Nevada loses OT thriller
For the Nevada Appeal
RENO – It never pays to leave a Nevada Wolf Pack football game early.
The Wolf Pack provided yet another fantastic finish Saturday night only this time it didn’t pay off in a dramatic victory as the San Diego State Aztecs came away with a stunning 39-38 overtime victory in front of a crowd of 22,242.
The Aztecs tied the game at 31 with a 35-yard field goal by Chance Marden as time expired in regulation, and then won the game in the first overtime on a 21-yard touchdown pass from Adam Dingwell to Gavin Escobar and a 2-point conversion pass from Dingwell to Rob Andrews.
“We had our opportunities,” Wolf Pack coach Chris Ault said. “It’s a tough loss. It finally caught up with us. We had a chance to put them away and we didn’t do it.”
The Wolf Pack, which saw its five game winning streak come to an end to fall to 6-2 overall and 3-1 in the Mountain West, had the game in control with the ball and a first down at the Aztecs’ 44-yard line with 1:56 to go.
The Aztecs, though, forced the Pack to punt with under a minute to play and took over at their own 20-yard line with just 50 seconds to play. Dingwell, the Aztecs’ backup quarterback who was pressed into duty because of a first-quarter injury to start Ryan Katz, then completed three passes down to the Pack 19-yard line.
A pass interference penalty on Pack cornerback Charles Garrett gave the Aztecs a first down at the 14, and Marden tied the game a play later on a 35-yard field goal.
The Pack took the lead 38-31 in overtime on a 3-yard touchdown pass from Cody Fajardo to Brandon Wimberly. Allen Hardison kicked the extra point for the seven-point lead.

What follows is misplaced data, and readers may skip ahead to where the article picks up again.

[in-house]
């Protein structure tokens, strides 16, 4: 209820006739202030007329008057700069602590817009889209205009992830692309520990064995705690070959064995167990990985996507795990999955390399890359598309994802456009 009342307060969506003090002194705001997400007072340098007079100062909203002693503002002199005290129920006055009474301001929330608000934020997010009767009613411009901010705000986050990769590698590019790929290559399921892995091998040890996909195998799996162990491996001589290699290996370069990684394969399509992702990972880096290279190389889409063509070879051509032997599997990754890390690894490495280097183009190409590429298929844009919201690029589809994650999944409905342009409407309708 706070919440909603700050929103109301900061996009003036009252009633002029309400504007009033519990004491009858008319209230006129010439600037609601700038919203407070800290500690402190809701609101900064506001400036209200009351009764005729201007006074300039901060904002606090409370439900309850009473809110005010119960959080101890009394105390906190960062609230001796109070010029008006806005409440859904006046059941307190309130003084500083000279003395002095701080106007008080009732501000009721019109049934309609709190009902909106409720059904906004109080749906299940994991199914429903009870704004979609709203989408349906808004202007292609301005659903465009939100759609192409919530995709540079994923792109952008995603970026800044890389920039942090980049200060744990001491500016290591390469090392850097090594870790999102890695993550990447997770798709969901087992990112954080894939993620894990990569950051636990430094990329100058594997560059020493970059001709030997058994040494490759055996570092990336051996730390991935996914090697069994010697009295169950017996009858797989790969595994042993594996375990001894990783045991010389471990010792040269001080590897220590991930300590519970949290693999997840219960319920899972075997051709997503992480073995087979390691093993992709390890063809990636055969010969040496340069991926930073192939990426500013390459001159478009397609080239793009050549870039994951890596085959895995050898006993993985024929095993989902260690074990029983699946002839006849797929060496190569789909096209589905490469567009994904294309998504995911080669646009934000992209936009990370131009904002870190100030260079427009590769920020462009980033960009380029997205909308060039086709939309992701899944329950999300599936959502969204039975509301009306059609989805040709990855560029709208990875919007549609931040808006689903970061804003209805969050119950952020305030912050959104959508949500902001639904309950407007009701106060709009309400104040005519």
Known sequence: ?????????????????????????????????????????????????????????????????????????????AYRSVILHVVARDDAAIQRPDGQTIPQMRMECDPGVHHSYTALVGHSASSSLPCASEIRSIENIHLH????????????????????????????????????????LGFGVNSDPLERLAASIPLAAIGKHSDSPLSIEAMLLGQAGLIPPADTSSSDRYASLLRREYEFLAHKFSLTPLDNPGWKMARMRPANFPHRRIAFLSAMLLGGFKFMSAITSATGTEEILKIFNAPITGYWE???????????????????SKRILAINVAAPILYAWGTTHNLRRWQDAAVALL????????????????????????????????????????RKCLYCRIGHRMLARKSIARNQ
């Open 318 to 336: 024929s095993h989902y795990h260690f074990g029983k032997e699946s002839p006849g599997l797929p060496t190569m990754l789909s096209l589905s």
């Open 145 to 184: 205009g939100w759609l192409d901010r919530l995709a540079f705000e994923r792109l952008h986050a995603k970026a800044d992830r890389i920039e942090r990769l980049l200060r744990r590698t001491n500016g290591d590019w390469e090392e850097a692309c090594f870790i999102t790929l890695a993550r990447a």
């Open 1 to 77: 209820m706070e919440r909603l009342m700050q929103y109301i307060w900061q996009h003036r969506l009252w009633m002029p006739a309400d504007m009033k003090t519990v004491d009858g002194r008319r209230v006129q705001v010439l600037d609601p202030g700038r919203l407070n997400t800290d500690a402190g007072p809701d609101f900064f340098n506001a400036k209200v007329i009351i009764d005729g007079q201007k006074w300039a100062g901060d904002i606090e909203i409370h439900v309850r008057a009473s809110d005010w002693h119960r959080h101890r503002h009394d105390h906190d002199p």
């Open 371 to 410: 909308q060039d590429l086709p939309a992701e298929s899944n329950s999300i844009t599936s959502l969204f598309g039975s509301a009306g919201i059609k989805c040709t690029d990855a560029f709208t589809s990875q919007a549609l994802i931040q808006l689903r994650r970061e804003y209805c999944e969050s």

The Aztecs scored on their second play of the overtime on the Dingwell pass to Escobar.
Ault wasn’t surprised the Aztecs went for the two-point conversion and the victory.
“I wasn’t,” Ault said. “We knew they’d probably go for it. They wanted to win it right now and they did.”
Dingwell completed 14 of 23 passes for 177 yards and three touchdowns. Fajardo, who had missed the last game and a half with a back injury, was 29-of-40 for 304 yards and three touchdowns.
“I felt we would eventually stop them,” Ault said. “And we didn’t. Our pass defense was real inconsistent. They just out-executed us.”
San Diego State, which has now won its last three games against the Wolf Pack, improved to 5-3, 3-1 with its third consecutive victory.
The Wolf Pack scored the only touchdown of the first half in taking a 10-6 lead at the intermission.
Fajardo connected with wide receiver Aaron Bradley in the left corner of the end zone to cap off a 10-play drive with five seconds to go in the half. The Pack quarterback completed five passes on the drive for 65 yards in the drive that covered 56 yards (the Pack was penalized 10 yards) in just 1:29.
The drive nearly stalled at the San Diego State 40-yard line but Fajardo found Bradley for an 11-yard gain on fourth-and-9 for a first down. He then connected with Bradley for 16 more down to the 13-yard line and running back Stefphon Jefferson for eight yards down to the 5-yard line.
The Pack actually had to score twice on the drive as a 5-yard touchdown pass from Fajardo to tight end Zach Sudfeld was wiped out because Sudfeld was ruled to be an ineligible receiver. The penalty, though, didn’t hurt as Fajardo found Bradley for the 10-yard touchdown two plays later for the Pack’s halftime lead.
Both teams struggled to put points on the scoreboard in the first half despite entering the game as the top two scoring teams in the Mountain West. The Pack had averaged 41 points a game to lead the conference followed by the Aztecs at 38.1 a game.
The Wolf Pack took a 3-0 lead on a 36-yard field goal by Hardison with just 1:11 to go in the first quarter. The drive covered 70 yards on 15 plays but the Pack had to settle for the field goal when a Fajardo pass sailed over the head of Brandon Wimberly in the end zone on a 4th-and-8 pass from the 19.
The Aztecs, who lost starting quarterback Ryan Katz to an injury on their second drive of the game, took a 6-3 lead on a pair of field goals by Marden from 39 and 46 yards out.
Dingwell, who had attempted just six passes (completing two) all season before Saturday, engineered both field goal drives.